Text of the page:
As Cuba’s latest piano sensation, Alfredo Rodríguez knows he’s walking in exalted company. A graduate of the Manuel Saumell Conservatory, the same Havana institution that launched Gonzalo Rubalcaba and Manuel Valera, Rodriguez found out early on that prodigious talent could be a passport to an illustrious musical career.
“Knowing that Gonzalo had gone there, it’s a very big deal,” says Rodríguez, 26, from his home in Los Angeles. “In the school, they just teach classical music. It’s on the street that you play popular music and discover jazz. In my case, I love classical music and jazz too. Improvisation is the most important thing to me in the music. It’s my passion.”
Rodríguez makes his Berkeley debut Sunday when Cal Performances presents his solo recital at Hertz Hall. While he often tours with a trio the pianist is completely at home alone at the keyboard, a setting that allows him to fully explore his virtuosic technique and boundless imagination.
Even with his prodigious talent, Rodríguez never imagined that he would rocket to international acclaim so quickly. The journey started when he earned a spot as one of 12 international pianists featured at the 2006 Montreux Jazz Festival in Switzerland. Quincy Jones, whose track record as a prescient talent scout dates back more than half a century, happened to catch his set, and made it his business to unleash Rodríguez upon the world.
It took several years, but Jones helped the pianist leave Cuba and settle in the US. In addition to giving him his imprimatur (Rodríguez’s shows are often billed as “Quincy Jones Presents”), Jones has composed music with the pianist, and used his considerable influence to land him the highest profile gigs, including the South by Southwest, Monterey, Playboy, and Newport Jazz Festivals.
Rodríguez discovered jazz at 15, when his uncle gave him Keith Jarrett’s classic solo piano album “The Köln Concert” (ECM). Drawn in by Jarrett’s obvious classical training, he was seduced by the spontaneous flow of ideas sustained throughout the course of a long recital.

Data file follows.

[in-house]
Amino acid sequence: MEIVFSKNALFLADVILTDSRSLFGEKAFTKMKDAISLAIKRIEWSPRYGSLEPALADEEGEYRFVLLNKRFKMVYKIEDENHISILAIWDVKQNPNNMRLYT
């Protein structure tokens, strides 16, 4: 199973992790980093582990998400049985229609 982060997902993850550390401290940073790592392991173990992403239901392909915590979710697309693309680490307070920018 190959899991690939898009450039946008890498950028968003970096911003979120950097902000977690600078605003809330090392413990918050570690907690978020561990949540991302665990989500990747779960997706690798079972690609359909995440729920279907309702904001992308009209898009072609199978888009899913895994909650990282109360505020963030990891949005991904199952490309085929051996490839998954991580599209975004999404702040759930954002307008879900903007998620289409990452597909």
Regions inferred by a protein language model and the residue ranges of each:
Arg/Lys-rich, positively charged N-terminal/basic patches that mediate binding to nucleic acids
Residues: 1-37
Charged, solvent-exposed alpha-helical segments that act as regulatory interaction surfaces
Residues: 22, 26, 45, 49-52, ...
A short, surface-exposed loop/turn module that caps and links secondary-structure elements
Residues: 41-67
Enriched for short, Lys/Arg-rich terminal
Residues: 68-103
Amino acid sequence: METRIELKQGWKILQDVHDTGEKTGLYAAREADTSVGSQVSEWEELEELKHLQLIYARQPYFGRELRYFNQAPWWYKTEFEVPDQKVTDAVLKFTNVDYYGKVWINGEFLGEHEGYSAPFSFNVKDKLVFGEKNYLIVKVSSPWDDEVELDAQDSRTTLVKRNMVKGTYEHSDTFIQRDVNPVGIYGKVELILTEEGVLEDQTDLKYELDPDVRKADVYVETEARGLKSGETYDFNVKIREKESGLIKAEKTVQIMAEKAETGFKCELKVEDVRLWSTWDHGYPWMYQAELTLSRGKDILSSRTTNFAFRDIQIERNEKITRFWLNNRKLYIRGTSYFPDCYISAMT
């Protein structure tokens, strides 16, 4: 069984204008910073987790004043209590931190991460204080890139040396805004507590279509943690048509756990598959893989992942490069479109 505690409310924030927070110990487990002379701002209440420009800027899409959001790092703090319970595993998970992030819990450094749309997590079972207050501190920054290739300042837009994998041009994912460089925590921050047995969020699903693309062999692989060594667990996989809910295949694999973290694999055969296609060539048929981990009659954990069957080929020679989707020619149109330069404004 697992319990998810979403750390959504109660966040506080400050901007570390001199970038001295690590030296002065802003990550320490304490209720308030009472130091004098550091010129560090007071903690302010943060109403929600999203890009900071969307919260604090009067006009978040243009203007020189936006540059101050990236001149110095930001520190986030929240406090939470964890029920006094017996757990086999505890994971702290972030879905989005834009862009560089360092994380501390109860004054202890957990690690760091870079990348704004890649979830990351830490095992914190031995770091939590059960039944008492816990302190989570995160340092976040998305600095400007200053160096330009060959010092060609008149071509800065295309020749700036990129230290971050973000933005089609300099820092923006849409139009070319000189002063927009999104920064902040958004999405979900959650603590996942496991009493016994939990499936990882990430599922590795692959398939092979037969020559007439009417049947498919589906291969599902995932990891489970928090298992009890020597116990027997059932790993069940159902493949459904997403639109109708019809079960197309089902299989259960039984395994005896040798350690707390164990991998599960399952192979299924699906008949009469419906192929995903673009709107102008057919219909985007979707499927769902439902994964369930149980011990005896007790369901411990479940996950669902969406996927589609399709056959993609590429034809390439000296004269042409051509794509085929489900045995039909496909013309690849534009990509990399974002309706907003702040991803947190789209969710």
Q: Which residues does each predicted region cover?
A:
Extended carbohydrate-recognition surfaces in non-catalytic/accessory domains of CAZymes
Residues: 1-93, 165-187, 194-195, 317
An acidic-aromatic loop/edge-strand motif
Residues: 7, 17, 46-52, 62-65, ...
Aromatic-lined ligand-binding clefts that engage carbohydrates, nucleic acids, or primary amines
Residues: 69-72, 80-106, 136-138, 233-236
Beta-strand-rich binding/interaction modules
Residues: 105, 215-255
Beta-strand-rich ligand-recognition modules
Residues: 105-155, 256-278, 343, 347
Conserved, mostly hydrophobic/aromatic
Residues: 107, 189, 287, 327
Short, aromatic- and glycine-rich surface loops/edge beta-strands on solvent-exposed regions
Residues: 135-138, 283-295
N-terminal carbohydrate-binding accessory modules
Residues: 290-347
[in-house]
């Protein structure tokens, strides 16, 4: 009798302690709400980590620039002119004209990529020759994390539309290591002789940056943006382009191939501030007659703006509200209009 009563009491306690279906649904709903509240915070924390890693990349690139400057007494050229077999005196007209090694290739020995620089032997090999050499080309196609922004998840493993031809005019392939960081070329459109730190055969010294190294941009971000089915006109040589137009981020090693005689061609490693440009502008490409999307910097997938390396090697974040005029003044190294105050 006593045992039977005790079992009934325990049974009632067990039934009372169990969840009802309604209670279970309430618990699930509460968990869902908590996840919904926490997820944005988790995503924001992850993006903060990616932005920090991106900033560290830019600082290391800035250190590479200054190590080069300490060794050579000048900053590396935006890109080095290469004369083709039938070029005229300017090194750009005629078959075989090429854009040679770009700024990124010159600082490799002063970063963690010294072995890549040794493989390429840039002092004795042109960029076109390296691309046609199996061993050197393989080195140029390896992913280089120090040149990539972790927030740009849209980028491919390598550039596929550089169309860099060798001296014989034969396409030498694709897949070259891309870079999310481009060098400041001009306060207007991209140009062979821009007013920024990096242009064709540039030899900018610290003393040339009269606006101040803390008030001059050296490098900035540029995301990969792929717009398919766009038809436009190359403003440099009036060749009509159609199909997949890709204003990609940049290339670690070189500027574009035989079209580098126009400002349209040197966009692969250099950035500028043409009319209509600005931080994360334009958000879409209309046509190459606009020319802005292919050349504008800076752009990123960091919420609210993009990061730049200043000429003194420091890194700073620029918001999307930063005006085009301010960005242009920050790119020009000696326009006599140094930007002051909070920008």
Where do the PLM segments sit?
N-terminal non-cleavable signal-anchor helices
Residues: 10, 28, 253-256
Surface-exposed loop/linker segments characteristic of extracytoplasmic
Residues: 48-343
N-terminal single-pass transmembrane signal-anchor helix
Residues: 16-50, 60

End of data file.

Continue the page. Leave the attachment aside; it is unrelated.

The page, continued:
“The difference was he was improvising all the time,” Rodríguez says. “I said this is another world. I told myself I’m going to start to do that stuff. We often cannot speak about love or sadness. He’s doing whatever he feels. I want to do that.”
Bay Area raised, Brooklyn-based bassist/composer Todd Sickafoose returns to the East Bay for a gig Friday at the Jazzschool with his loose aggregation known as Tiny Resistors. Featuring the galvanizing pianist Myra Melford and trumpeter Ara Anderson, the band’s latest incarnation explores Sickafoose’s undulating anthems, which combine elastic grooves with long, engagingly episodic melodies.
An impressive cast of poets and musicians come together on Sunday at La Peňa to raise funds for a wheelchair accessible van for Avotcja, the poet, musician, DJ, and longtime muse to an expansive community of improvisers. As Linda Tillery wrote in her liner notes to the album “Live at Yoshi’s,” Avotcja delivers “rapid fire words of truth woven skillfully through a musical tapestry of sometimes gut bucket blues, sometimes jazz at the edge.” Sunday’s concert features the Bay Area Blues Society, the Musical Art Quintet, Genny Lim, Tasha Kame, Umoja, Pablo Rosales, Little Brown Brother with vocalist Myrna Del Rio, Manny Martinez, Hector Lugo, and Avotcja & Modúpue, her Afro-Caribbean-inflected band with violinist Sandi Poindexter, vibraphonist Yancie Taylor, Nigerian-born bassist Babá Ken Okulolo, and Val Serrant, a steel pan player and traditional African drummer from the Republic of Trinidad and Tobago.
Andrew Gilbert covers music and dance for the San Jose Mercury News, Contra Costa Times, Los Angeles Times, Boston Globe and KQED’s California Report. He lives in west Berkeley.
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